Ellen Browning Scripps Memorial Park

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The Ellen Browning Scripps Memorial Park (PARK) is a 5.6-acre
park bounded by the Pacific Ocean and the village of La Jolla.
Gently sloping toward bluffs, tidepools, and beaches, the PARK
is primarily an open-space, landscaped environment heavily used
by local residents and visitors from around the world. From its
beginning in 1887, the PARK has been the centerpiece of La
Jolla, undergoing, along the way, changes and transformations.
But its significance extends further. The spectacular dynamic
shoreline, including world-famous La Jolla Cove, and its offshore
waters, are a recreational, environmental and ecological resource
of worldwide importance.

Located within a major urban center, the PARK is increasingly
subject to the impact of heavy use and concerns for its continuing
preservation and enhancement have grown in recent years. In
1989, a Preliminary Coastal Plan was created by the La Jolla
Town Council and has been used by other community groups
such as the Community Planning Association and La Jolla Park
and Recreation, Inc. Although this Plan made specific
recommendations pertinent to the coastline around the Park, it
concluded that the PARK itself merited more detailed analysis
and planning within the framework of “a clear visionary master
plan.” However, no action was taken until 2001 when the Scripps
Park Project (SPP), a group of interested local citizens, adopted
as its mission “develop and implement a long-term
comprehensive plan to preserve, restore, and enhance Ellen
Browning Scripps Memorial Park, incorporating extensive
community involvement.” As part of this effort, the SPP
conducted significant research related to the PARK’s history,
development and usage. The findings of this research are the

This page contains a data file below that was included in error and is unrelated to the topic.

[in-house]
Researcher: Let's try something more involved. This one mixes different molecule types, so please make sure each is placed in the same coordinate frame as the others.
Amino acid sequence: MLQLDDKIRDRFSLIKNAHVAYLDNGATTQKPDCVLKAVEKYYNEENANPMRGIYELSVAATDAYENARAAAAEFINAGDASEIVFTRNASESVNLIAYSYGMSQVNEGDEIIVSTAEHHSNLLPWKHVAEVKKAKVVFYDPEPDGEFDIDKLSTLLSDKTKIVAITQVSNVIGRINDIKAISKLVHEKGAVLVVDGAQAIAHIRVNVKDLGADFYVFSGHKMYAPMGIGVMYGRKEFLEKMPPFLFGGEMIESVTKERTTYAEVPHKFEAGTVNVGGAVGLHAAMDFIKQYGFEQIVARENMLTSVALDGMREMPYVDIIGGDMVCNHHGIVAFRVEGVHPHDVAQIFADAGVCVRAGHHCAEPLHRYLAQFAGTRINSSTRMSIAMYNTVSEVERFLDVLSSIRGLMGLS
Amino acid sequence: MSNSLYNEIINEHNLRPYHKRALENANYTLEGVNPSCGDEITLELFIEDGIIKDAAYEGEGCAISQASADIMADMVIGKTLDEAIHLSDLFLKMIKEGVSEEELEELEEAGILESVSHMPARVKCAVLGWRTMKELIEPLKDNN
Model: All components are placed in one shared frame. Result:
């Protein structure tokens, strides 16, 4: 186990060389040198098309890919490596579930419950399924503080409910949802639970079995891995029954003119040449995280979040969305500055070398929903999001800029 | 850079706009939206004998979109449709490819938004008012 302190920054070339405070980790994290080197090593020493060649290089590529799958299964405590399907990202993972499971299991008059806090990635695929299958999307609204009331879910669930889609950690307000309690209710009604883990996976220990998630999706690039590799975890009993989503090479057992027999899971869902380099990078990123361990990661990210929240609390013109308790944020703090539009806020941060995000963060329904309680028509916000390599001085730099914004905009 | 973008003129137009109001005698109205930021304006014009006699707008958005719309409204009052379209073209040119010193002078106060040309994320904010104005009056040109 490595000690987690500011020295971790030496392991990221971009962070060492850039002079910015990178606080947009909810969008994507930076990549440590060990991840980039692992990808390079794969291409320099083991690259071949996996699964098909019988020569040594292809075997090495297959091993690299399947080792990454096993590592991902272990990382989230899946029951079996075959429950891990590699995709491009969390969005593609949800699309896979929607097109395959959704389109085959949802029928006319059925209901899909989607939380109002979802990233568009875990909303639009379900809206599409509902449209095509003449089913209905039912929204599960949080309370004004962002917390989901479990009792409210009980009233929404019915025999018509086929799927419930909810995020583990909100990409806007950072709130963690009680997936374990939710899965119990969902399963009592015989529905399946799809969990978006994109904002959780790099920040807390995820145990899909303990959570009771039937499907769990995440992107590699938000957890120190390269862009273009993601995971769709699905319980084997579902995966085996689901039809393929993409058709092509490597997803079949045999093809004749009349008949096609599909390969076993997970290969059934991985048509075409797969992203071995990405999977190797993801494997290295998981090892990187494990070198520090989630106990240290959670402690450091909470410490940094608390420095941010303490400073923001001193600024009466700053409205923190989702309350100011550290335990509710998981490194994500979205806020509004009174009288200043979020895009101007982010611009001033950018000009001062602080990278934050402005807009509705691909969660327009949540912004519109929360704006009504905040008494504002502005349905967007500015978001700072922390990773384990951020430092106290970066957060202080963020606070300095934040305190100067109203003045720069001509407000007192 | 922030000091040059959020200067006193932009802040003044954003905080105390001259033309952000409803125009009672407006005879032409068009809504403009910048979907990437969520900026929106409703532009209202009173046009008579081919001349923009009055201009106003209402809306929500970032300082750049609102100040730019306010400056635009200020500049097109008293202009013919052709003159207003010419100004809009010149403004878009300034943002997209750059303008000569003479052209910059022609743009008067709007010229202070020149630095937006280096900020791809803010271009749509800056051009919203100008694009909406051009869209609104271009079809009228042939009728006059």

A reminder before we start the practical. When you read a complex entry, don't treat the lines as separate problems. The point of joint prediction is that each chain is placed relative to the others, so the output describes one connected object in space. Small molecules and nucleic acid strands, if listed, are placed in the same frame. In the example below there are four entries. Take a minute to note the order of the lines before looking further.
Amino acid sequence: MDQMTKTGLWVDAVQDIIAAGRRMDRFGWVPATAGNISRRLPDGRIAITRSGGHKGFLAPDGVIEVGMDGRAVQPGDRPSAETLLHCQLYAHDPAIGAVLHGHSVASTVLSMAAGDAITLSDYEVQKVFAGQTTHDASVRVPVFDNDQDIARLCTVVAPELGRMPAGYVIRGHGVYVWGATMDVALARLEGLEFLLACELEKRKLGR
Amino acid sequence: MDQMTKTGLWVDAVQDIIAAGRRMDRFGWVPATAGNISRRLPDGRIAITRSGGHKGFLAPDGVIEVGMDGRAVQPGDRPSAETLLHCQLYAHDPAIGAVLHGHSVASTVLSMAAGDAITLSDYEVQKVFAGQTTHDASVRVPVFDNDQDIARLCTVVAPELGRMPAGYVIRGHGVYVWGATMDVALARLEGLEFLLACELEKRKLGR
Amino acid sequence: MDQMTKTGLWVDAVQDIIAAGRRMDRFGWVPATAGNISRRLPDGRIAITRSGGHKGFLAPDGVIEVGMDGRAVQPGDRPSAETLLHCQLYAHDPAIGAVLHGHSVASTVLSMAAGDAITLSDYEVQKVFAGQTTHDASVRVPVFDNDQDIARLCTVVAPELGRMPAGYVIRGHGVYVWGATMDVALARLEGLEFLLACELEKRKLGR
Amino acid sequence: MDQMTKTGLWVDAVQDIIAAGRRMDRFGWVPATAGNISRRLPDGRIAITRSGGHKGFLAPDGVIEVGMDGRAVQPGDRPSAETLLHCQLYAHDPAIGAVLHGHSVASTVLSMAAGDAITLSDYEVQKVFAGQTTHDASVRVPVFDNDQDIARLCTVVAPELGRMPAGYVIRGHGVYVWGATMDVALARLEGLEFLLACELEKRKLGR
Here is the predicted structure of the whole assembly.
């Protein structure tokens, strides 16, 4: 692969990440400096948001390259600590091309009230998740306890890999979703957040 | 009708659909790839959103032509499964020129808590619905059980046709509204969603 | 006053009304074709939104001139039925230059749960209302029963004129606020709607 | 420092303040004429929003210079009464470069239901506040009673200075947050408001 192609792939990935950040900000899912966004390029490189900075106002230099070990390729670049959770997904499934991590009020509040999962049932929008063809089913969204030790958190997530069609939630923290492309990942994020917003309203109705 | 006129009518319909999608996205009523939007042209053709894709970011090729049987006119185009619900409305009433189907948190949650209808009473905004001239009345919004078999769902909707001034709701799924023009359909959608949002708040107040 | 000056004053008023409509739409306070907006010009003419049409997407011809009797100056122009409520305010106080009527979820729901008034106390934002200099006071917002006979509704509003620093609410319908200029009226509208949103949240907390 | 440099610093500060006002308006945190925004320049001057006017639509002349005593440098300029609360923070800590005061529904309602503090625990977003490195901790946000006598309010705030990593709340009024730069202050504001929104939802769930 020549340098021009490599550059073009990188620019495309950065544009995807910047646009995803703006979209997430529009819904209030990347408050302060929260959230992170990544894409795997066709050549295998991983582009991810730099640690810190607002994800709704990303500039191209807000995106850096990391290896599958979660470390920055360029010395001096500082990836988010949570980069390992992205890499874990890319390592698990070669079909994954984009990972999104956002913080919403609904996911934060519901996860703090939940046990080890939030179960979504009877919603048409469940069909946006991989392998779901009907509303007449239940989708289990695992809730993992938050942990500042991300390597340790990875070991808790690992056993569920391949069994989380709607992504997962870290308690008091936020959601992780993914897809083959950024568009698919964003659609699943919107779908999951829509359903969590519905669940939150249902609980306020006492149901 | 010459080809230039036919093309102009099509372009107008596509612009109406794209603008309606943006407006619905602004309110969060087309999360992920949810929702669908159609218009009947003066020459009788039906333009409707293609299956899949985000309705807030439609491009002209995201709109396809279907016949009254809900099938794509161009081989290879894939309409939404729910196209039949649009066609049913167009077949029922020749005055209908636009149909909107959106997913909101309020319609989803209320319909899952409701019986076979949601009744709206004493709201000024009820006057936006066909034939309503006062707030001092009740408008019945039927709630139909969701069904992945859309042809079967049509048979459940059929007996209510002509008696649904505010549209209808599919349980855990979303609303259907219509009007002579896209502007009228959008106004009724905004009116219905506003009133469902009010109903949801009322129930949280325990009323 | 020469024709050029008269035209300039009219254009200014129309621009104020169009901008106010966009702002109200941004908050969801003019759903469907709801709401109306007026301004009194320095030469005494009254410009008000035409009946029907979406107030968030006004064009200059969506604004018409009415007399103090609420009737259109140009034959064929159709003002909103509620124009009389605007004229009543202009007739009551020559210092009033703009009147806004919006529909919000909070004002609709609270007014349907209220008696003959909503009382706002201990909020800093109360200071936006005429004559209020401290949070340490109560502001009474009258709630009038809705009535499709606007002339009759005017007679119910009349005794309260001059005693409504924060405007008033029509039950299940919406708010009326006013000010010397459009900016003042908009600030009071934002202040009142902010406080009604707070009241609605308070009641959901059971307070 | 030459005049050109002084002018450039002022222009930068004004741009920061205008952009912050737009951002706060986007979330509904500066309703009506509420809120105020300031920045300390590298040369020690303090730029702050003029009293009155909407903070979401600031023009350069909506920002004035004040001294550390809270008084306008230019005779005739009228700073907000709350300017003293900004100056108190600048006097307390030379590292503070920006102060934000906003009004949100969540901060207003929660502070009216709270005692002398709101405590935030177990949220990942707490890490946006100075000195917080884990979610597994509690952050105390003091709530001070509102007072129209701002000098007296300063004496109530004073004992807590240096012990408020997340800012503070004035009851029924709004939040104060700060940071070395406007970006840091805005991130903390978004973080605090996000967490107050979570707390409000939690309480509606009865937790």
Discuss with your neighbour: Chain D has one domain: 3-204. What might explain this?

content of Scripps Park Then and Now – A Cultural Landscape
and Usage Patterns Report. It has served as a foundation for
planning and public processes as well as the Plan itself.

Following a fund-raising effort that drew individual and group
donations as well as grant support, a public workshop was held
on November 18-19, 2005. Approximately seventy persons
heard presentations, toured the PARK, completed
questionnaires, and engaged in table discussions culminating in
the expression of their concerns about the PARK and ideas for its
future. From this process a park planning consulting firm,
Campbell & Campbell, provided a report containing
recommendations for the PARK that, in its view, best addressed
the values expressed by the workshop participants. This
consultant’s report was subject to several public meetings and a
great deal of local media coverage and attention. Responses
were then considered and some revisions made. The most
significant of these pertained to the recommendation by the
consultant to move the Bridge Club, a PARK facility, in order to
improve views. In light of many negative responses, SPP
decided against pursuing this proposal. The following Plan is the
result of these processes and outlines important steps that
should be taken to provide continuing stewardship of the PARK
into the future.

The Scripps Park Plan promotes four fundamental objectives

  1. Recognition that the site is an integral part of a larger coastal setting and experiences unique natural processes while providing abundant leisure and recreational opportunities.
  2. Careful preservation, restoration and enhancement of the PARK are required.
  3. Local PARK use and development processes must be given thoughtful guidance.
  4. Resources must be dedicated to help fund maintenance.

Please read about the Scripps Park Plan by clicking on the link: HERE

A pdf of the park plan can be seen by clicking on the link:  Scripps Park Plan City Approved Final 2010

Scripps Park Plan City Approved Final 2010